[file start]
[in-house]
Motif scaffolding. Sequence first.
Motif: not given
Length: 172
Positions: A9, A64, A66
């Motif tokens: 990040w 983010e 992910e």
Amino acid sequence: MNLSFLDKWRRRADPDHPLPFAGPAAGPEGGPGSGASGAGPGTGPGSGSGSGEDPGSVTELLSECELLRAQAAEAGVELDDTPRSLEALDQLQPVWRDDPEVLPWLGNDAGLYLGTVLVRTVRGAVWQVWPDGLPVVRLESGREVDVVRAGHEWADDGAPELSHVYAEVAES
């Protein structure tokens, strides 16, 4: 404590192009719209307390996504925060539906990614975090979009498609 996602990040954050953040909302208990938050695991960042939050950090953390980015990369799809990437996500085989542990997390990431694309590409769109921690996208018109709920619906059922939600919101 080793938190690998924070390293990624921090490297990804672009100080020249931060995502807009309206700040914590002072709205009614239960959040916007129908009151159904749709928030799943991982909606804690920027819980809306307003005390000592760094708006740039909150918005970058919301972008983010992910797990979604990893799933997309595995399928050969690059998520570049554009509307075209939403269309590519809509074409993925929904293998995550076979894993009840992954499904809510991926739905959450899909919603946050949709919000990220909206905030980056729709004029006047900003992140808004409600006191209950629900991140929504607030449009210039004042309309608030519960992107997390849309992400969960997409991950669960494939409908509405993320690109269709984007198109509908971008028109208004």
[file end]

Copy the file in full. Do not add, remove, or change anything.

[in-house]
Motif scaffolding. Sequence first.
Motif: not given
Length: 172
Positions: A9, A64, A66
């Motif tokens: 990040w 983010e 992910e």
Amino acid sequence: MNLSFLDKWRRRADPDHPLPFAGPAAGPEGGPGSGASGAGPGTGPGSGSGSGEDPGSVTELLSECELLRAQAAEAGVELDDTPRSLEALDQLQPVWRDDPEVLPWLGNDAGLYLGTVLVRTVRGAVWQVWPDGLPVVRLESGREVDVVRAGHEWADDGAPELSHVYAEVAES
């Protein structure tokens, strides 16, 4: 404590192009719209307390996504925060539906990614975090979009498609 996602990040954050953040909302208990938050695991960042939050950090953390980015990369799809990437996500085989542990997390990431694309590409769109921690996208018109709920619906059922939600919101 080793938190690998924070390293990624921090490297990804672009100080020249931060995502807009309206700040914590002072709205009614239960959040916007129908009151159904749709928030799943991982909606804690920027819980809306307003005390000592760094708006740039909150918005970058919301972008983010992910797990979604990893799933997309595995399928050969690059998520570049554009509307075209939403269309590519809509074409993925929904293998995550076979894993009840992954499904809510991926739905959450899909919603946050949709919000990220909206905030980056729709004029006047900003992140808004409600006191209950629900991140929504607030449009210039004042309309608030519960992107997390849309992400969960997409991950669960494939409908509405993320690109269709984007198109509908971008028109208004």